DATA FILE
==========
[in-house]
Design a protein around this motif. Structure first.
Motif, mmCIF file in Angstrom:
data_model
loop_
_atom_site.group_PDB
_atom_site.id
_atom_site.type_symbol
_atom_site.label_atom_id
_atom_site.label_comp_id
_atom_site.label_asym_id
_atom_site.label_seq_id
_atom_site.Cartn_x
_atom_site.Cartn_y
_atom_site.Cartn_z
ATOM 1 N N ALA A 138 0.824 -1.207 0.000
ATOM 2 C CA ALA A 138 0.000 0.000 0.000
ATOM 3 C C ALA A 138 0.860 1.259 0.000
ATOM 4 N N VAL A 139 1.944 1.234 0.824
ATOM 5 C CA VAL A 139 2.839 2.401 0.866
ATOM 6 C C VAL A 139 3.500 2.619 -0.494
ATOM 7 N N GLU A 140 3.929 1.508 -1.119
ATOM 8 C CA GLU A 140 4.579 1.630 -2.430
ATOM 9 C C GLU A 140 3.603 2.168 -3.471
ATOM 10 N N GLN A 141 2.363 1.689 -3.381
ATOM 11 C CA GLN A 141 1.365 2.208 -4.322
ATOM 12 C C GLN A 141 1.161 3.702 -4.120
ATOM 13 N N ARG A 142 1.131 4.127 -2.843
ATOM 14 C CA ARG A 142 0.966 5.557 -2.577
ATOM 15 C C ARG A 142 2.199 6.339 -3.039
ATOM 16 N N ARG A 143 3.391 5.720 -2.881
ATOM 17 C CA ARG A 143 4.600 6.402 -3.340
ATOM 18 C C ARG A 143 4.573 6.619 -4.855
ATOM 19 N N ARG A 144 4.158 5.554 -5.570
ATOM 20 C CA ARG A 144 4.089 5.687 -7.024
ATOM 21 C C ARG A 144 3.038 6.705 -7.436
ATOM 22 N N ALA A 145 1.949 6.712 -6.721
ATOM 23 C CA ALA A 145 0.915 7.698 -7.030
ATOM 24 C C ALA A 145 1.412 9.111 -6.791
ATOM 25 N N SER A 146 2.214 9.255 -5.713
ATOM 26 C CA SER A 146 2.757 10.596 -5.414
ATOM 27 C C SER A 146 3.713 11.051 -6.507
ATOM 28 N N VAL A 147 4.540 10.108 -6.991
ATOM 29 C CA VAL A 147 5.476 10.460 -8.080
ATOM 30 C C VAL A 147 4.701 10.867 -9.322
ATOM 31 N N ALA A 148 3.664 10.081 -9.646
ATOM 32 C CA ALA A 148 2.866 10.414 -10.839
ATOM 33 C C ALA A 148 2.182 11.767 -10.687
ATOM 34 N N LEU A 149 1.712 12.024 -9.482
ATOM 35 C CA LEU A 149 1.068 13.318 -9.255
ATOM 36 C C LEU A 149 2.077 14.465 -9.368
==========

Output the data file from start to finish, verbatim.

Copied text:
[in-house]
Design a protein around this motif. Structure first.
Motif, mmCIF file in Angstrom:
data_model
loop_
_atom_site.group_PDB
_atom_site.id
_atom_site.type_symbol
_atom_site.label_atom_id
_atom_site.label_comp_id
_atom_site.label_asym_id
_atom_site.label_seq_id
_atom_site.Cartn_x
_atom_site.Cartn_y
_atom_site.Cartn_z
ATOM 1 N N ALA A 138 0.824 -1.207 0.000
ATOM 2 C CA ALA A 138 0.000 0.000 0.000
ATOM 3 C C ALA A 138 0.860 1.259 0.000
ATOM 4 N N VAL A 139 1.944 1.234 0.824
ATOM 5 C CA VAL A 139 2.839 2.401 0.866
ATOM 6 C C VAL A 139 3.500 2.619 -0.494
ATOM 7 N N GLU A 140 3.929 1.508 -1.119
ATOM 8 C CA GLU A 140 4.579 1.630 -2.430
ATOM 9 C C GLU A 140 3.603 2.168 -3.471
ATOM 10 N N GLN A 141 2.363 1.689 -3.381
ATOM 11 C CA GLN A 141 1.365 2.208 -4.322
ATOM 12 C C GLN A 141 1.161 3.702 -4.120
ATOM 13 N N ARG A 142 1.131 4.127 -2.843
ATOM 14 C CA ARG A 142 0.966 5.557 -2.577
ATOM 15 C C ARG A 142 2.199 6.339 -3.039
ATOM 16 N N ARG A 143 3.391 5.720 -2.881
ATOM 17 C CA ARG A 143 4.600 6.402 -3.340
ATOM 18 C C ARG A 143 4.573 6.619 -4.855
ATOM 19 N N ARG A 144 4.158 5.554 -5.570
ATOM 20 C CA ARG A 144 4.089 5.687 -7.024
ATOM 21 C C ARG A 144 3.038 6.705 -7.436
ATOM 22 N N ALA A 145 1.949 6.712 -6.721
ATOM 23 C CA ALA A 145 0.915 7.698 -7.030
ATOM 24 C C ALA A 145 1.412 9.111 -6.791
ATOM 25 N N SER A 146 2.214 9.255 -5.713
ATOM 26 C CA SER A 146 2.757 10.596 -5.414
ATOM 27 C C SER A 146 3.713 11.051 -6.507
ATOM 28 N N VAL A 147 4.540 10.108 -6.991
ATOM 29 C CA VAL A 147 5.476 10.460 -8.080
ATOM 30 C C VAL A 147 4.701 10.867 -9.322
ATOM 31 N N ALA A 148 3.664 10.081 -9.646
ATOM 32 C CA ALA A 148 2.866 10.414 -10.839
ATOM 33 C C ALA A 148 2.182 11.767 -10.687
ATOM 34 N N LEU A 149 1.712 12.024 -9.482
ATOM 35 C CA LEU A 149 1.068 13.318 -9.255
ATOM 36 C C LEU A 149 2.077 14.465 -9.368